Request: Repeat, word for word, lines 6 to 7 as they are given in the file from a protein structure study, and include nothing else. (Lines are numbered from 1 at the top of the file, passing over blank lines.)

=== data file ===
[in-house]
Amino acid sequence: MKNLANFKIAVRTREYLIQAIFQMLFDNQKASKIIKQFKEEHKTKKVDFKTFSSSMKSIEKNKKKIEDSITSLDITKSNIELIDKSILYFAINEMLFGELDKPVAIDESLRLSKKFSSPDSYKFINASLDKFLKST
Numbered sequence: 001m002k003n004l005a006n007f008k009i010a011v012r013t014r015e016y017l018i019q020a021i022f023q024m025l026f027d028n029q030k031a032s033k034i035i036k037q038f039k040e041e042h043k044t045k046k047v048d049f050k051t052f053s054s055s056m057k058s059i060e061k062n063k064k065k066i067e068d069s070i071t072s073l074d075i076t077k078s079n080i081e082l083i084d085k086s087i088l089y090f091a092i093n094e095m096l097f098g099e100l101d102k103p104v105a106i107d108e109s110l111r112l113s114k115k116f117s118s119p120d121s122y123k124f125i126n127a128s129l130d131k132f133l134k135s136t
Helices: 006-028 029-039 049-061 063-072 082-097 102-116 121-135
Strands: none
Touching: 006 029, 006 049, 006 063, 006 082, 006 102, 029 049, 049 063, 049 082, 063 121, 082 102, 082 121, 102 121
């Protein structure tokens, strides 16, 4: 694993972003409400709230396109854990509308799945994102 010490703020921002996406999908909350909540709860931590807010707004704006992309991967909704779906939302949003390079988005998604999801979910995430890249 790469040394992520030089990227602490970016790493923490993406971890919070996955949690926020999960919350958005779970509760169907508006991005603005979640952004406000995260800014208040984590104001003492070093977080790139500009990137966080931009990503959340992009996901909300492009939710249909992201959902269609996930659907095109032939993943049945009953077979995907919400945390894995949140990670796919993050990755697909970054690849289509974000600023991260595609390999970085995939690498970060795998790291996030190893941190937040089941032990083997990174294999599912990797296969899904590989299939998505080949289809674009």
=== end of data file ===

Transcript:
Touching: 006 029, 006 049, 006 063, 006 082, 006 102, 029 049, 049 063, 049 082, 063 121, 082 102, 082 121, 102 121
């Protein structure tokens, strides 16, 4: 694993972003409400709230396109854990509308799945994102 010490703020921002996406999908909350909540709860931590807010707004704006992309991967909704779906939302949003390079988005998604999801979910995430890249 790469040394992520030089990227602490970016790493923490993406971890919070996955949690926020999960919350958005779970509760169907508006991005603005979640952004406000995260800014208040984590104001003492070093977080790139500009990137966080931009990503959340992009996901909300492009939710249909992201959902269609996930659907095109032939993943049945009953077979995907919400945390894995949140990670796919993050990755697909970054690849289509974000600023991260595609390999970085995939690498970060795998790291996030190893941190937040089941032990083997990174294999599912990797296969899904590989299939998505080949289809674009």